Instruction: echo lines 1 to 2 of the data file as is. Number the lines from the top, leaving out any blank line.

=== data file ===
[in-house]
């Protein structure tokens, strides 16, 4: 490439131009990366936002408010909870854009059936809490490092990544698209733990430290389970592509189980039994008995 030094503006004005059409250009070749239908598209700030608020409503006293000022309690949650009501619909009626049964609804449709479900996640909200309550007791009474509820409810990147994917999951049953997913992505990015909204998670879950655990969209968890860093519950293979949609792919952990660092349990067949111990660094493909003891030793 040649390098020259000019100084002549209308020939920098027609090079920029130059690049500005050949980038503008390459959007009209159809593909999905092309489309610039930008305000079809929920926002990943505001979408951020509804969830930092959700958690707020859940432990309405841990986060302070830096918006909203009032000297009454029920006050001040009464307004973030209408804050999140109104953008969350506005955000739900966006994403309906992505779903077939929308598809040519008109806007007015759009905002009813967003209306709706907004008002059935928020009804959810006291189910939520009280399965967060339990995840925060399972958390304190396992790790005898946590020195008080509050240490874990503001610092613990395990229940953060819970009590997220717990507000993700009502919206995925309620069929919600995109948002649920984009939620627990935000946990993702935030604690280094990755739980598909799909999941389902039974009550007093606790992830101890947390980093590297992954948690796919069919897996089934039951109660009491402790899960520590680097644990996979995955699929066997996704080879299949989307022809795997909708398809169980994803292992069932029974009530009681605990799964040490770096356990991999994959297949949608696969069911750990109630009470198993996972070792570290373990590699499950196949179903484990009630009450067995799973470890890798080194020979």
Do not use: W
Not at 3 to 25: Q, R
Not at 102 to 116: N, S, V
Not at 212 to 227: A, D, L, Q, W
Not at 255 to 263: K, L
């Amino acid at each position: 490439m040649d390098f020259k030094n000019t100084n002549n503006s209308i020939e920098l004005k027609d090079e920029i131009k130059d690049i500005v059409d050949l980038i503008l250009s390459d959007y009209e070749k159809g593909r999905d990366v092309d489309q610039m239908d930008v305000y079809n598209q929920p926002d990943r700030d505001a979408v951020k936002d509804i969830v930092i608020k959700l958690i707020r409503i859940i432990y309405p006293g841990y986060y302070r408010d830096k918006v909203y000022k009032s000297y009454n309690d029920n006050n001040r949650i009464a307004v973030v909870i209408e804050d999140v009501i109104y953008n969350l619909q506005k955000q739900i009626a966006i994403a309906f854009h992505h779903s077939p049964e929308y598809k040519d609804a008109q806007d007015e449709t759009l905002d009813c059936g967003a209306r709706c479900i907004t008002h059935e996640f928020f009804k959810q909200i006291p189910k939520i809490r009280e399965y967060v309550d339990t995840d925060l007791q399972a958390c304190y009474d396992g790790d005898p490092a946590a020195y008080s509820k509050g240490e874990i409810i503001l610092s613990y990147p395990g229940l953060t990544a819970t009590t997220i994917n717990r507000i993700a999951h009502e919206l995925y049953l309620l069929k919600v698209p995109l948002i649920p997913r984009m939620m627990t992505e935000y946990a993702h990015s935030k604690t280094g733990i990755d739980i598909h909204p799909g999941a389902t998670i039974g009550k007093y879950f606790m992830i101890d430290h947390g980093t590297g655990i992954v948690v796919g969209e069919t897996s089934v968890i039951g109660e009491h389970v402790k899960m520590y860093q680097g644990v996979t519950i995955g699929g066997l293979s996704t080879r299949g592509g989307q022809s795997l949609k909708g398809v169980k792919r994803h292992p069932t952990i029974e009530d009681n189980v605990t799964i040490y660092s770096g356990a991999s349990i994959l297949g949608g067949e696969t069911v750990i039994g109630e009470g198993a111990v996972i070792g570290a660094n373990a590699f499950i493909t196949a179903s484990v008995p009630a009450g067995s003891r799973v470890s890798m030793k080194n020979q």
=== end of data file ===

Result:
[in-house]
């Protein structure tokens, strides 16, 4: 490439131009990366936002408010909870854009059936809490490092990544698209733990430290389970592509189980039994008995 030094503006004005059409250009070749239908598209700030608020409503006293000022309690949650009501619909009626049964609804449709479900996640909200309550007791009474509820409810990147994917999951049953997913992505990015909204998670879950655990969209968890860093519950293979949609792919952990660092349990067949111990660094493909003891030793 040649390098020259000019100084002549209308020939920098027609090079920029130059690049500005050949980038503008390459959007009209159809593909999905092309489309610039930008305000079809929920926002990943505001979408951020509804969830930092959700958690707020859940432990309405841990986060302070830096918006909203009032000297009454029920006050001040009464307004973030209408804050999140109104953008969350506005955000739900966006994403309906992505779903077939929308598809040519008109806007007015759009905002009813967003209306709706907004008002059935928020009804959810006291189910939520009280399965967060339990995840925060399972958390304190396992790790005898946590020195008080509050240490874990503001610092613990395990229940953060819970009590997220717990507000993700009502919206995925309620069929919600995109948002649920984009939620627990935000946990993702935030604690280094990755739980598909799909999941389902039974009550007093606790992830101890947390980093590297992954948690796919069919897996089934039951109660009491402790899960520590680097644990996979995955699929066997996704080879299949989307022809795997909708398809169980994803292992069932029974009530009681605990799964040490770096356990991999994959297949949608696969069911750990109630009470198993996972070792570290373990590699499950196949179903484990009630009450067995799973470890890798080194020979």